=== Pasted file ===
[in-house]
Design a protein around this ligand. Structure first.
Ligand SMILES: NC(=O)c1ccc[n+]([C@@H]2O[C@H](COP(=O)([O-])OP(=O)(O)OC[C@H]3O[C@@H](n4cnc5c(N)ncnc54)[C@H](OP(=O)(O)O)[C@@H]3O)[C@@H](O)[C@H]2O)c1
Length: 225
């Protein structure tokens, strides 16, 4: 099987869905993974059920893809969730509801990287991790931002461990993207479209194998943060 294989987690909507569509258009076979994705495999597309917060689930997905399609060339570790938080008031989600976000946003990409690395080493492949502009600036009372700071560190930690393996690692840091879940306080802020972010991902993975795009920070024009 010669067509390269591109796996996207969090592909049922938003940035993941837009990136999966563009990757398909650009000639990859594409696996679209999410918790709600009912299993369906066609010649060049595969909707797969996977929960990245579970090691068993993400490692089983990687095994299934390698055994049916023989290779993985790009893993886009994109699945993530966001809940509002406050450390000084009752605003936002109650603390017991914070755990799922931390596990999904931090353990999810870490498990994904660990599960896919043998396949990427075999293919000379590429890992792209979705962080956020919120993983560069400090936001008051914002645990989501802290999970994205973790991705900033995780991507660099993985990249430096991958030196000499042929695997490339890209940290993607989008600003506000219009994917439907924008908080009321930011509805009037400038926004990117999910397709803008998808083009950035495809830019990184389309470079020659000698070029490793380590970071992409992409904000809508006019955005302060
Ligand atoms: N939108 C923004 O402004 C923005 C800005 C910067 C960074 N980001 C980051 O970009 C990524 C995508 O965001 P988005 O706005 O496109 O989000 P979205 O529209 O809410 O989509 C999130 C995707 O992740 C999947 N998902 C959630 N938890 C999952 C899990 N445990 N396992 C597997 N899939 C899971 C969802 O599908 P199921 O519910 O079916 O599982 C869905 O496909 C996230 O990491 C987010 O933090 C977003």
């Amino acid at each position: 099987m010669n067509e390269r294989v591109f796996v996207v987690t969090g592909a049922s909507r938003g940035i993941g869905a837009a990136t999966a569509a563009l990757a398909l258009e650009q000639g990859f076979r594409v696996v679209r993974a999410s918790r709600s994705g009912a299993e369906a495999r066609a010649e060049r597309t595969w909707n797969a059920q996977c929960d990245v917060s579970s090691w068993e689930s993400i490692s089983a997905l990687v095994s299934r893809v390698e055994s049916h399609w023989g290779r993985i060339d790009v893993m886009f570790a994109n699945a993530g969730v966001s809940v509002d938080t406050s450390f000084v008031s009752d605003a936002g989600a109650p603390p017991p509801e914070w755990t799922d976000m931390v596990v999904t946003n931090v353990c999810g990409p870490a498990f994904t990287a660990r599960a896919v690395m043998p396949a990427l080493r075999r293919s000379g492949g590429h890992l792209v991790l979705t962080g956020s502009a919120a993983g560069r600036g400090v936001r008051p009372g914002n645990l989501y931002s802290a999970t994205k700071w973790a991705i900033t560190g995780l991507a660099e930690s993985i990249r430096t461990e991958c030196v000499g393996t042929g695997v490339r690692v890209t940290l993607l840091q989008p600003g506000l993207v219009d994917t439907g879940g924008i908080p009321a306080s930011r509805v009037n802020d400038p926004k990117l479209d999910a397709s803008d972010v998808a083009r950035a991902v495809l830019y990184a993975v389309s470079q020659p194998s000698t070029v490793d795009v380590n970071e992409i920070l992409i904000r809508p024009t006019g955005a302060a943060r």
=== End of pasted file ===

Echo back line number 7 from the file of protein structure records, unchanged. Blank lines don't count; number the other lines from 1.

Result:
């Amino acid at each position: 099987m010669n067509e390269r294989v591109f796996v996207v987690t969090g592909a049922s909507r938003g940035i993941g869905a837009a990136t999966a569509a563009l990757a398909l258009e650009q000639g990859f076979r594409v696996v679209r993974a999410s918790r709600s994705g009912a299993e369906a495999r066609a010649e060049r597309t595969w909707n797969a059920q996977c929960d990245v917060s579970s090691w068993e689930s993400i490692s089983a997905l990687v095994s299934r893809v390698e055994s049916h399609w023989g290779r993985i060339d790009v893993m886009f570790a994109n699945a993530g969730v966001s809940v509002d938080t406050s450390f000084v008031s009752d605003a936002g989600a109650p603390p017991p509801e914070w755990t799922d976000m931390v596990v999904t946003n931090v353990c999810g990409p870490a498990f994904t990287a660990r599960a896919v690395m043998p396949a990427l080493r075999r293919s000379g492949g590429h890992l792209v991790l979705t962080g956020s502009a919120a993983g560069r600036g400090v936001r008051p009372g914002n645990l989501y931002s802290a999970t994205k700071w973790a991705i900033t560190g995780l991507a660099e930690s993985i990249r430096t461990e991958c030196v000499g393996t042929g695997v490339r690692v890209t940290l993607l840091q989008p600003g506000l993207v219009d994917t439907g879940g924008i908080p009321a306080s930011r509805v009037n802020d400038p926004k990117l479209d999910a397709s803008d972010v998808a083009r950035a991902v495809l830019y990184a993975v389309s470079q020659p194998s000698t070029v490793d795009v380590n970071e992409i920070l992409i904000r809508p024009t006019g955005a302060a943060r």